A look at how regulators, grid operators, and consumer advocates in Arkansas, California and Connecticut have posed challenges to established law and policy at FERC.
ISO New England dares to dream, again.
ISO New England (ISO-NE) wants to become a regional transmission organization (RTO). But just the idea-prior to any official filing at the Federal Energy Regulatory Commission (FERC)-has come under attack. ISO-NE is going to find rough waters ahead, despite a three-year effort aimed at a smooth transition to becoming an RTO. And now with the Oct. 31 filing of the 2,000-plus-page RTO proposal at FERC, the stage is set for these battles to be fought, again.
ISO-NE already has had to answer, albeit informally, to a group of attorneys general and consumer advocates upset by their beliefs that the new structure would raise rates. Connecticut Attorney General Richard Blumenthal and Massachusetts Attorney General Tom Reilly led the attack, arguing that New England consumers could be stuck with an added tab for energy costs of between $40 million and $70 million if the RTO proposal is approved. Blumenthal and Reilly, joined by the Rhode Island attorney general and consumer counsels in Connecticut and New Hampshire, and the public advocate in Maine, commissioned a study by Synapse Energy Economics Inc. to discern the cost impact of the transition to an RTO.
Concerns arose because becoming an RTO allows owners of transmission assets to become eligible for FERC's incentive pricing mechanisms. According to the Synapse study, , incentive pricing would cost $40 million to $70 million annually, but over a 19-year period, that balloons to $850 million to $1.4 billion in added costs. The report snidely refers to such costs as "bonus payments to monopoly service providers, who already have an obligation to build new facilities and already have an RTO-like organization." At the same time, Synapse notes ISO-NE has not quantified the resulting benefits to ratepayers.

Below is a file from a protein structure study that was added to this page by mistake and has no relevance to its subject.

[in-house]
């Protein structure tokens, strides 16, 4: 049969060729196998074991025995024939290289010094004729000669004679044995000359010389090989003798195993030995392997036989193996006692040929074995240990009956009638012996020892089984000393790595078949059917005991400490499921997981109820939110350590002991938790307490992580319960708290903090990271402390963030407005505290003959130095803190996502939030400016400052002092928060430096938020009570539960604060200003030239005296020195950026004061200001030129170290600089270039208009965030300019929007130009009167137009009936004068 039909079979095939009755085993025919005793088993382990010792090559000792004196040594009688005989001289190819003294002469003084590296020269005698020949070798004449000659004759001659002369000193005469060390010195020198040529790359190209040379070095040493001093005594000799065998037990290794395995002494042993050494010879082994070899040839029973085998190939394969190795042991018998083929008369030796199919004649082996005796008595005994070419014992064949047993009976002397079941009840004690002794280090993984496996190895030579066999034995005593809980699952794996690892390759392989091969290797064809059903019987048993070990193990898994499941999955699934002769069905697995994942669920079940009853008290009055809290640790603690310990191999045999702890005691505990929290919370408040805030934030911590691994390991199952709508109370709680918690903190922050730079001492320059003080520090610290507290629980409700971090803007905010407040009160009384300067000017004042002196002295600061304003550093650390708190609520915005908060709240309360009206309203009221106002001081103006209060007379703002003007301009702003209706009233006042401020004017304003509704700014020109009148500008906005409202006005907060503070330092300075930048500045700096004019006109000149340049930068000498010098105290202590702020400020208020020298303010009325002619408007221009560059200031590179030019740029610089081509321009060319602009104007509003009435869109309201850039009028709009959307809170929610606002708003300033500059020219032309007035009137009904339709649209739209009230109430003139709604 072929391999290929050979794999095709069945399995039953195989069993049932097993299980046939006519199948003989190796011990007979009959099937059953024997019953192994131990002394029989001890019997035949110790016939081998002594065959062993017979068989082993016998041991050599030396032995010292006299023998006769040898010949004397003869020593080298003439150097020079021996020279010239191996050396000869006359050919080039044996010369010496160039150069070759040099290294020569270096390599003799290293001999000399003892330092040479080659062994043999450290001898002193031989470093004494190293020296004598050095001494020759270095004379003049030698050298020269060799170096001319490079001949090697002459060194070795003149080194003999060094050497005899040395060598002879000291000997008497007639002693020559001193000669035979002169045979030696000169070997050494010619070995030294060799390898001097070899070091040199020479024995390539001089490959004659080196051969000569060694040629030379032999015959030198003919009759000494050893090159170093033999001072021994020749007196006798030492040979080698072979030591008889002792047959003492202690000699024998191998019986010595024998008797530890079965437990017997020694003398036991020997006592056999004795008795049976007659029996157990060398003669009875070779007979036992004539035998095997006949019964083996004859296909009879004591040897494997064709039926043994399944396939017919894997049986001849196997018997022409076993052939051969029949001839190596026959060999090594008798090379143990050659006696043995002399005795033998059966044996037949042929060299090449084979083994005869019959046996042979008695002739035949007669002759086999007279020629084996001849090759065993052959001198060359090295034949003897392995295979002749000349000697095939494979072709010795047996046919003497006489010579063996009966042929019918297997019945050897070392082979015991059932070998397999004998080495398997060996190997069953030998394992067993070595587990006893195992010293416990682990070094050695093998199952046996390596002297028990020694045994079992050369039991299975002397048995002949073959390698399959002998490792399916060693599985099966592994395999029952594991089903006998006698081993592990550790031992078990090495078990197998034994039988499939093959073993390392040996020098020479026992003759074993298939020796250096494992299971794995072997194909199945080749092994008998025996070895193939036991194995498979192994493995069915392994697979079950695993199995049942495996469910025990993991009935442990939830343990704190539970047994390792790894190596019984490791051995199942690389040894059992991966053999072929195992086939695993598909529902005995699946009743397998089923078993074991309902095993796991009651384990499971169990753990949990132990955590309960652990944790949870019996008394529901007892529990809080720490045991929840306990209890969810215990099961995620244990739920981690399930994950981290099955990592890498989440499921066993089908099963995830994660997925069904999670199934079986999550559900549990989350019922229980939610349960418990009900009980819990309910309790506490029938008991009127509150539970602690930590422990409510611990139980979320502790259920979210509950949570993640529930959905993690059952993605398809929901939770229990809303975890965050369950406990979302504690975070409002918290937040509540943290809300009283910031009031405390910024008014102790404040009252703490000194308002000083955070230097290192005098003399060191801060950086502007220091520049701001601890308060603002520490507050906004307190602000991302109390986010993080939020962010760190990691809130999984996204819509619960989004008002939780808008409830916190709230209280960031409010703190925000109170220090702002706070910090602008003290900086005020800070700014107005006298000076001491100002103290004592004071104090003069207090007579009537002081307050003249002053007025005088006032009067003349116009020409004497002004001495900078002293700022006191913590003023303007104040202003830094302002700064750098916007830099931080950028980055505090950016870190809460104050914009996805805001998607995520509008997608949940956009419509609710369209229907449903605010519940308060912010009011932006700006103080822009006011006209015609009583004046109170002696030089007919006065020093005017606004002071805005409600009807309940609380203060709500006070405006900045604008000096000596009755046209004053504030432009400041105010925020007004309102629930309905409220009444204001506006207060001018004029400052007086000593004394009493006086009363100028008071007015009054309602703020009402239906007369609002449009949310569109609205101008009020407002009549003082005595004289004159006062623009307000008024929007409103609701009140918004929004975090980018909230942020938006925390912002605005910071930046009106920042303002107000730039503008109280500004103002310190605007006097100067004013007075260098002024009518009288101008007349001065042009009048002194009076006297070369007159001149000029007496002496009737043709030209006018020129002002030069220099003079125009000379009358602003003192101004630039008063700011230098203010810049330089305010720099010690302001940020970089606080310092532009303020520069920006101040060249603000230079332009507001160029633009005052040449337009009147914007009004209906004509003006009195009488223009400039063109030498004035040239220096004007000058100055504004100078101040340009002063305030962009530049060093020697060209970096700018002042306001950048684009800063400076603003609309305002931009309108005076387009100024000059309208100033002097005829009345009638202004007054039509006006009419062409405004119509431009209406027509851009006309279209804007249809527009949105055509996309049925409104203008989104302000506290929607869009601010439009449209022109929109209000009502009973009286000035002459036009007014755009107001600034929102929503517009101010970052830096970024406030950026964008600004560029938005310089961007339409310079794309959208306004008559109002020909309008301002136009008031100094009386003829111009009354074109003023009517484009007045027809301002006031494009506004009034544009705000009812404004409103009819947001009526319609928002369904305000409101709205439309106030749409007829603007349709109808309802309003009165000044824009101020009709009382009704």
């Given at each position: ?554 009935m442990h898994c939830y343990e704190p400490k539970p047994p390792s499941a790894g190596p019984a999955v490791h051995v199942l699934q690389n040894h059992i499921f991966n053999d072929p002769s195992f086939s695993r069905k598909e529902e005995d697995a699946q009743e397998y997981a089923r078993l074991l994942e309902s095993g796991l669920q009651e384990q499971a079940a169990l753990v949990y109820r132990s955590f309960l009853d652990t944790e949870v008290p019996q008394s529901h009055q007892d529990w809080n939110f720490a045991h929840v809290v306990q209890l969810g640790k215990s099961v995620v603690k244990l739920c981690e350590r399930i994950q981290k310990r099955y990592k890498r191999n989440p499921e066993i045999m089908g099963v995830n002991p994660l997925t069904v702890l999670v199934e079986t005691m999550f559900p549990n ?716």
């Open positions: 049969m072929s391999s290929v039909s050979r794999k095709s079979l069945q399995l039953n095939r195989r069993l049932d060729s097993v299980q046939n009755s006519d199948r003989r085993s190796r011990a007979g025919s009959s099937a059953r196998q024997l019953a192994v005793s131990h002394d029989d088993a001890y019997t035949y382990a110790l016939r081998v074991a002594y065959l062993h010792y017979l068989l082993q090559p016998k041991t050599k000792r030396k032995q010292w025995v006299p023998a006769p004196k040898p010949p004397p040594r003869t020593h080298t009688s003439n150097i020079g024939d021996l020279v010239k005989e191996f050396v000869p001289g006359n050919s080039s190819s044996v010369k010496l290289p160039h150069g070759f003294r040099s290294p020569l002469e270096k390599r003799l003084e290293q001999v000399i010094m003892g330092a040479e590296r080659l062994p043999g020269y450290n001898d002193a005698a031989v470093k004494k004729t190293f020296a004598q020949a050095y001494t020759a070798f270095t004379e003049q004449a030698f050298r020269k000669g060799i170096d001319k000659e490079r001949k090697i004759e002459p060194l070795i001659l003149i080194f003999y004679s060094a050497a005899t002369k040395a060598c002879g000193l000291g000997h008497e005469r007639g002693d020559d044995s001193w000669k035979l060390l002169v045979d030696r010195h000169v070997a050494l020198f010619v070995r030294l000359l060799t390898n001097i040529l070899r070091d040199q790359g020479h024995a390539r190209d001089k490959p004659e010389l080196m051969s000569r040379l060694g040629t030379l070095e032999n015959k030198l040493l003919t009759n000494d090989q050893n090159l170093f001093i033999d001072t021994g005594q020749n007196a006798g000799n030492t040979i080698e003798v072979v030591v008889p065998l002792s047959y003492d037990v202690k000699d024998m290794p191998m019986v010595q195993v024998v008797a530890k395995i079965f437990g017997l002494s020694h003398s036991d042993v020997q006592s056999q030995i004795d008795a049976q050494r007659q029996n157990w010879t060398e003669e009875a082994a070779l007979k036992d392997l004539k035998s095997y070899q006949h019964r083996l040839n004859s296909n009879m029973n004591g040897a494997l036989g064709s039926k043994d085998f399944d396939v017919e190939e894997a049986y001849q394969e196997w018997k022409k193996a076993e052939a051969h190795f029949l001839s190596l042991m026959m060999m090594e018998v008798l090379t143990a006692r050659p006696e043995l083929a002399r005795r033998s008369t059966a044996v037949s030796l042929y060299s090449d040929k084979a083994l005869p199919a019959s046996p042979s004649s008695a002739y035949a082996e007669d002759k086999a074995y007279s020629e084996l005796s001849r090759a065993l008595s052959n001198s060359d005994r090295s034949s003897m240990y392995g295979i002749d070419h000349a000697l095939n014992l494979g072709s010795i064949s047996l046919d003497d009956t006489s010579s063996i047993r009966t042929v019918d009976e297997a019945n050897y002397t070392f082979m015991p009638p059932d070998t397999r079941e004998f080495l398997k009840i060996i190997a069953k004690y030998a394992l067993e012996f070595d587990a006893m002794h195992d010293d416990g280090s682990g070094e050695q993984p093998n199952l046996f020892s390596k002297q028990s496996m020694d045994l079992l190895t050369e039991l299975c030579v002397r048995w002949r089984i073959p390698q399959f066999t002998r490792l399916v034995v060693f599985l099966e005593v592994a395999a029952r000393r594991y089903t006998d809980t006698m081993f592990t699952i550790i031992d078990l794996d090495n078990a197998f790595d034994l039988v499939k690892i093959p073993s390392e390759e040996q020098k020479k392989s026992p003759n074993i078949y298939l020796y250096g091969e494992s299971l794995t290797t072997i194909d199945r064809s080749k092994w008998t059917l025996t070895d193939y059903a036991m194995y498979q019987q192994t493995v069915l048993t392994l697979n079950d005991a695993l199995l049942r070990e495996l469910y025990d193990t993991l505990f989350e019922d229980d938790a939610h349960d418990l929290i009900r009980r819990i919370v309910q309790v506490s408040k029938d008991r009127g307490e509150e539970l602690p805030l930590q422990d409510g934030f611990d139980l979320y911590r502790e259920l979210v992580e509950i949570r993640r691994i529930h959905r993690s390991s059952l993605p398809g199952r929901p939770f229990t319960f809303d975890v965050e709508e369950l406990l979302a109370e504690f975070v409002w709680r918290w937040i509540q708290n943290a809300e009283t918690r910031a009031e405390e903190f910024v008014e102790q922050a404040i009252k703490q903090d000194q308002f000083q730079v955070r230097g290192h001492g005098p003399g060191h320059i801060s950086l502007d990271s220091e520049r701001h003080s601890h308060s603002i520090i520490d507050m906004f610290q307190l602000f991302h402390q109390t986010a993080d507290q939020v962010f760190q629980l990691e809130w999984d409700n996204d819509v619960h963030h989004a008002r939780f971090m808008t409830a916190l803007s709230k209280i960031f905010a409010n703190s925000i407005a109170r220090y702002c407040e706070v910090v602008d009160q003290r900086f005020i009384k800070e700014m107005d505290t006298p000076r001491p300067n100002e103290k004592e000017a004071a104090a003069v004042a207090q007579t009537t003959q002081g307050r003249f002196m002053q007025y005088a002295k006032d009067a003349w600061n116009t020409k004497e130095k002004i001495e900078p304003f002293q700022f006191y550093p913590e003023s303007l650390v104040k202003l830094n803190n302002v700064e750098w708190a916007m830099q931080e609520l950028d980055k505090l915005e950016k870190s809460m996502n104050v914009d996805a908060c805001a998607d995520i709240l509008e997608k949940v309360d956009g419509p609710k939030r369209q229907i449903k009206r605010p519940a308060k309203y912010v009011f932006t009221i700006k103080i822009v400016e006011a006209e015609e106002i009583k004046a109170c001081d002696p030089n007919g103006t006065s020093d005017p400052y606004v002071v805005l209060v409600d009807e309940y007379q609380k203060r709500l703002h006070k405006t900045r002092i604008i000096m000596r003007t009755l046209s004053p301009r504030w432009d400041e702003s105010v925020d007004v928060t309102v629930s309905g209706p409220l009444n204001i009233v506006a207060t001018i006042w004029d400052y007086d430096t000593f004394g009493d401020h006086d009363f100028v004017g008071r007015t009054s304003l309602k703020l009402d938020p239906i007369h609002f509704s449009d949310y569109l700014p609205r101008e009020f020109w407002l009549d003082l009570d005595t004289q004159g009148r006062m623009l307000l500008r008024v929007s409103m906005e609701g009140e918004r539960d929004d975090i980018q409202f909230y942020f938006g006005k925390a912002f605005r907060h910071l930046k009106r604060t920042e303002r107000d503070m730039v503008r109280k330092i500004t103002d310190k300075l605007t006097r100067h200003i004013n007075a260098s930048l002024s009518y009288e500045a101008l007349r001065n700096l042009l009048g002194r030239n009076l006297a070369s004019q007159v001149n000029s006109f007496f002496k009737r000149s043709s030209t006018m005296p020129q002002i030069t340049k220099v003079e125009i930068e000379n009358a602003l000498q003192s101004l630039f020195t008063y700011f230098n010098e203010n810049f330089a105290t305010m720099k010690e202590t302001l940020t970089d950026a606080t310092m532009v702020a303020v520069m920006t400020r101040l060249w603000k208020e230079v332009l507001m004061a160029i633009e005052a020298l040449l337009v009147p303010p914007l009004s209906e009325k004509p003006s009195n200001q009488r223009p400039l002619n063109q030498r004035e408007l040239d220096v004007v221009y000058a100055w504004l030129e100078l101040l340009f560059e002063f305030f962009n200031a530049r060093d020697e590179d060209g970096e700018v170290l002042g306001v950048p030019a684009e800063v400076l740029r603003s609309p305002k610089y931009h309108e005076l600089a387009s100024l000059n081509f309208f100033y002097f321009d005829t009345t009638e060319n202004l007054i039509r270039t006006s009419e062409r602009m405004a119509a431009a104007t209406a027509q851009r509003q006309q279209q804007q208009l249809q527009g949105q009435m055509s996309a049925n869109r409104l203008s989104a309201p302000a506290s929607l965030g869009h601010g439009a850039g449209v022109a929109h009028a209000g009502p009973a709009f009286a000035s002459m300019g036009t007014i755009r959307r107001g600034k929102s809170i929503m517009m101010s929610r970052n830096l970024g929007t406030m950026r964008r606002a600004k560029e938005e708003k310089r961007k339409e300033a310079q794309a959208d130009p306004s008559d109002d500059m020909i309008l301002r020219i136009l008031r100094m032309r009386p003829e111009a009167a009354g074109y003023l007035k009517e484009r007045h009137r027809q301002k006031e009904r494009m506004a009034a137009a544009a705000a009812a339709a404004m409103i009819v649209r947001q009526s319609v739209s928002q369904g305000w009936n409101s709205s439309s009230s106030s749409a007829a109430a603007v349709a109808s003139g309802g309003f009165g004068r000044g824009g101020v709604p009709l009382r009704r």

Not true, says ISO-NE. Gordon van Welie, ISO-NE president and CEO, responded to the concerns of the six agencies. Welie clarified that the RTO proposal does not "create or authorize any transmission incentives or rates-let alone automatic rate increases." Instead, FERC merely has made transmission incentives available, he says. FERC is as likely to lower or maintain rates as it is to increase rates, van Welie argues.
But ISO-NE may be playing the semantics game. ISO-NE spokeswoman Ellen Foley stressed that ISO-NE wrote the letter to point out that the incentives are not part of the RTO filing but will be dealt with separately at the FERC. "Any kind of incentive that the transmission companies would be eligible for-be it for joining an RTO, building new transmission, or creating an independent transmission company-all of those incentives are separate from the RTO filing," Foley said.
That said, ISO-NE on Oct. 2 released information on the expected impact of the return on equity (ROE) filing, which accompanies the RTO filing. It notes the transmission owners are asking for an ROE of between 12.5 percent and 13.5 percent, but the ISO adds that there is no way to predict the outcome at FERC of any ROE request.
The transmission owners also are asking for incentives, which ISO-NE notes are "in-line" with FERC's